Competing interests

The authors declare that they have no competing interests.

Availability of data and materials

The datasets analysed in this study are available from the research team but restrictions may apply to the availability of data, which were used under license of the current study, and so are not publicly available. However, data are available from the corresponding authors upon reasonable request and with the permission of the original research team.

Ethics approval and consent to participate

The study was conducted only after receiving the ethical approval from institutional ethical committee, Department of Medical Research, Myanmar (Approval no. 52/ethic/2012). Written consent was taken from all participants. Participation in this study was entirely voluntary.

Funding

This study was supported by the Korea International Cooperation Agency (KOICA), the National Research Foundation of Korea (2013K1A3A9A01043836 and NRF-2014R1A2A1A11052079), Ministry of Science, ICT and Future Planning, Republic of Korea.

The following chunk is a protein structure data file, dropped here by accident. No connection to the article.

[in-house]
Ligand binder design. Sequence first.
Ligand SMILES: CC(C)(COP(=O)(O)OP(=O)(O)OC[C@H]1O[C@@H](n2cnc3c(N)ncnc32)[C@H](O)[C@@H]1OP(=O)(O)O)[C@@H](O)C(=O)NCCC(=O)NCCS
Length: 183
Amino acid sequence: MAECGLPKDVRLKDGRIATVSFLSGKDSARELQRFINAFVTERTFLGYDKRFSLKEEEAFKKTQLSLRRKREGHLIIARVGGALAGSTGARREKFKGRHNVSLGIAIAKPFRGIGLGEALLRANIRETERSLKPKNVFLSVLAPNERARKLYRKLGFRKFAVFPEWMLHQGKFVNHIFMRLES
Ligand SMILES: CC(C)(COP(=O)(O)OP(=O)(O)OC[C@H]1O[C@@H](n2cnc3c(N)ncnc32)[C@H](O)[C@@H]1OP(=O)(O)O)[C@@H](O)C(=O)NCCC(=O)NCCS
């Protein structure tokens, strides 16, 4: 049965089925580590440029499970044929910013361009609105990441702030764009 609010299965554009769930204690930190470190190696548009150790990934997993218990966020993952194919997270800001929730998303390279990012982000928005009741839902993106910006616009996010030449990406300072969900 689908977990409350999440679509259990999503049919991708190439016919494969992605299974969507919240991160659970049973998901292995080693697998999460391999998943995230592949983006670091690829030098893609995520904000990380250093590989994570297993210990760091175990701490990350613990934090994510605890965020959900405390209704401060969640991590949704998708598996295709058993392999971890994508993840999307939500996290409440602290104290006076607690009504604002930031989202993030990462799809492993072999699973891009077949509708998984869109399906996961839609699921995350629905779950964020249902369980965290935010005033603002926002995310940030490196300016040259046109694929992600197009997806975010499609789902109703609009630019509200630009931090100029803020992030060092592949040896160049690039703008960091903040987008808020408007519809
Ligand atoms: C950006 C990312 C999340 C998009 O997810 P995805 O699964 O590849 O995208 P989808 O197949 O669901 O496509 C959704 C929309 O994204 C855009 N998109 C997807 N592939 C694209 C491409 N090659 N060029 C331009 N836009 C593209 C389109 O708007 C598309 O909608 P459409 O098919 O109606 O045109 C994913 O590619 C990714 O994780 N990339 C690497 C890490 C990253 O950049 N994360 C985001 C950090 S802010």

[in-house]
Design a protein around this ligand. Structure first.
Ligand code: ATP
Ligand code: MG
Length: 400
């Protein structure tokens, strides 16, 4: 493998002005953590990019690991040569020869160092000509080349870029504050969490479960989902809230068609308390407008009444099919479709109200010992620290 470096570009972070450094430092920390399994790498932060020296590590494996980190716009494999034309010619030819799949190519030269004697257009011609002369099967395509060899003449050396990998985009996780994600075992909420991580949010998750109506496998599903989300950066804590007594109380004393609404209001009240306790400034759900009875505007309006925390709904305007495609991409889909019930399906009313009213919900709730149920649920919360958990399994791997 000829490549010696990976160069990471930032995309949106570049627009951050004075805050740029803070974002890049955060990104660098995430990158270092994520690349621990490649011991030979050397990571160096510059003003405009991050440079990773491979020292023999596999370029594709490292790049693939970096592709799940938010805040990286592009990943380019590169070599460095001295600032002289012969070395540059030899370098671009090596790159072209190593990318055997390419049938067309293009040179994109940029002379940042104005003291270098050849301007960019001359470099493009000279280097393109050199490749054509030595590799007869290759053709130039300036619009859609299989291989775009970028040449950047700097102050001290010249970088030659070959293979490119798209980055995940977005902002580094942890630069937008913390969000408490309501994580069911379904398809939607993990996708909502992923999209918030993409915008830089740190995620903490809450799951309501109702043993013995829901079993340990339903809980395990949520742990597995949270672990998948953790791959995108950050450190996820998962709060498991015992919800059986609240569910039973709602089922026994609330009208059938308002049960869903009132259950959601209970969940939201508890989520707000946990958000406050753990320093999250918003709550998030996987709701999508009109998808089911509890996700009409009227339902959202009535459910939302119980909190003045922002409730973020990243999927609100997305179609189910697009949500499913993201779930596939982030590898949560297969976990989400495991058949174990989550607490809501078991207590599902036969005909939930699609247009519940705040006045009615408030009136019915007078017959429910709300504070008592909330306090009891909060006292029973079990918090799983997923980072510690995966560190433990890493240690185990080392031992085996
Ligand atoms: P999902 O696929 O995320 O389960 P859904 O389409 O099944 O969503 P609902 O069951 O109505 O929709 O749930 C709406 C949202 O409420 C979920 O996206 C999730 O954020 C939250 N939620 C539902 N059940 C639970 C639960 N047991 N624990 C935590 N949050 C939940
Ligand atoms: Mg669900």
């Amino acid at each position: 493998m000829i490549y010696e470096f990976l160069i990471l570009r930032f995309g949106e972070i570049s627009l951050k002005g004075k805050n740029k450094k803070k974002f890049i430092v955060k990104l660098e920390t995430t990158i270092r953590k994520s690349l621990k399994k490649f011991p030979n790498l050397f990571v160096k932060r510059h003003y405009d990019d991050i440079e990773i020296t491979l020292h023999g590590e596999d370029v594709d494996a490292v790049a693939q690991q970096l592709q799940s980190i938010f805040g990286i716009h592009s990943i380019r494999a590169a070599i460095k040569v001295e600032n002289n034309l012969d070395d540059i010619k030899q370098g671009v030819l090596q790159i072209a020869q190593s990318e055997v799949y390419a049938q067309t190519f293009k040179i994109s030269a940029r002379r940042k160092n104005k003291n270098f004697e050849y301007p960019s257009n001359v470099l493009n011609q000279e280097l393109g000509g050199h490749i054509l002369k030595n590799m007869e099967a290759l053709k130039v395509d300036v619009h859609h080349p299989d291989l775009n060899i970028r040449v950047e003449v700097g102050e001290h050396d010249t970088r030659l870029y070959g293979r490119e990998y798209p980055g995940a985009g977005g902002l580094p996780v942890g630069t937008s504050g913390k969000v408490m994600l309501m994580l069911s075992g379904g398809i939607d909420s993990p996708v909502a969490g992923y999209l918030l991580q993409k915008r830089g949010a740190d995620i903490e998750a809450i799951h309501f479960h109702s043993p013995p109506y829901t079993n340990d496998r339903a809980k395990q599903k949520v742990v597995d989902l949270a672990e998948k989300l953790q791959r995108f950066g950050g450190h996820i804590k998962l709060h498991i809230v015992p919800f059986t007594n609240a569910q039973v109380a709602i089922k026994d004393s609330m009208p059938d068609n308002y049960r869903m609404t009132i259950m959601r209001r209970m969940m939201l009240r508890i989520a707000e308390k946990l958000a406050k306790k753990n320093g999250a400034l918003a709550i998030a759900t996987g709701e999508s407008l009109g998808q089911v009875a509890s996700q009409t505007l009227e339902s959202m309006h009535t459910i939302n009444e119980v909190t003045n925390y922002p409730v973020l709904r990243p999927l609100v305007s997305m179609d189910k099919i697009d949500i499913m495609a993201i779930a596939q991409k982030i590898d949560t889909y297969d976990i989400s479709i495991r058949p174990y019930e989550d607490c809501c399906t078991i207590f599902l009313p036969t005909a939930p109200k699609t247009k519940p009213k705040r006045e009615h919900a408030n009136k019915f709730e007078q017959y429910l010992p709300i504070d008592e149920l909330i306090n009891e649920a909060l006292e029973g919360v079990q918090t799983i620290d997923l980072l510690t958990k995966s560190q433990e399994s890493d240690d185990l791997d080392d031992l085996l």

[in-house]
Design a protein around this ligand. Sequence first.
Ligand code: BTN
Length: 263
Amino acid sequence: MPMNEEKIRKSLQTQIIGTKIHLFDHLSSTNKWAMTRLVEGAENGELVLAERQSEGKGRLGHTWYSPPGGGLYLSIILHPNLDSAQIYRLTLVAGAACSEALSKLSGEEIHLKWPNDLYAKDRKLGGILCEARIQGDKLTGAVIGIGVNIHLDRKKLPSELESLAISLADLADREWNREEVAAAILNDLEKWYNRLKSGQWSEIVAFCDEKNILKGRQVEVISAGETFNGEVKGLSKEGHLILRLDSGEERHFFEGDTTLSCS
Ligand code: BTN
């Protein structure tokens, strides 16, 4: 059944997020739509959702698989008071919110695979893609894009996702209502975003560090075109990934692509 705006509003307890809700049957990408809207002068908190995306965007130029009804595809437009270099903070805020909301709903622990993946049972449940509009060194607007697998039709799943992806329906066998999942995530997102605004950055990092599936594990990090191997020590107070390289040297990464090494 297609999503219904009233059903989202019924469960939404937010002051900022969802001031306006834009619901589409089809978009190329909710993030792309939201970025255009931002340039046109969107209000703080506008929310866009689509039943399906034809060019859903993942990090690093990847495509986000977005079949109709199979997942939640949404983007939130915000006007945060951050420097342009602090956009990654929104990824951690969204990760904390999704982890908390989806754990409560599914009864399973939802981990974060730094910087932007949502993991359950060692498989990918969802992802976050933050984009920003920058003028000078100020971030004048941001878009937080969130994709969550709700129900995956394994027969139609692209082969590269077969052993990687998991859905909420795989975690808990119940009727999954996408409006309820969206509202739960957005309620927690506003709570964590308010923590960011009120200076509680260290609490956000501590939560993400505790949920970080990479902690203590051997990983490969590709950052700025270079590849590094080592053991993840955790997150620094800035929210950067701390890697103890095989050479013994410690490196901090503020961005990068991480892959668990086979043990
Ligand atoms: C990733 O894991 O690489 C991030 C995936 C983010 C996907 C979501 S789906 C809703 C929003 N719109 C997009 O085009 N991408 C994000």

Open AccessThis article is distributed under the terms of the Creative Commons Attribution 4.0 International License (http://creativecommons.org/licenses/by/4.0/), which permits unrestricted use, distribution, and reproduction in any medium, provided you give appropriate credit to the original author(s) and the source, provide a link to the Creative Commons license, and indicate if changes were made. The Creative Commons Public Domain Dedication waiver (http://creativecommons.org/publicdomain/zero/1.0/) applies to the data made available in this article, unless otherwise stated.

Authors’ Affiliations

(1)
Department of Medical Environmental Biology and Tropical Medicine, School of Medicine, Kangwon National University
(2)
Department of Medical Research
(3)
Department of Clinical Laboratory, The First Affiliated Hospital of Anhui Medical University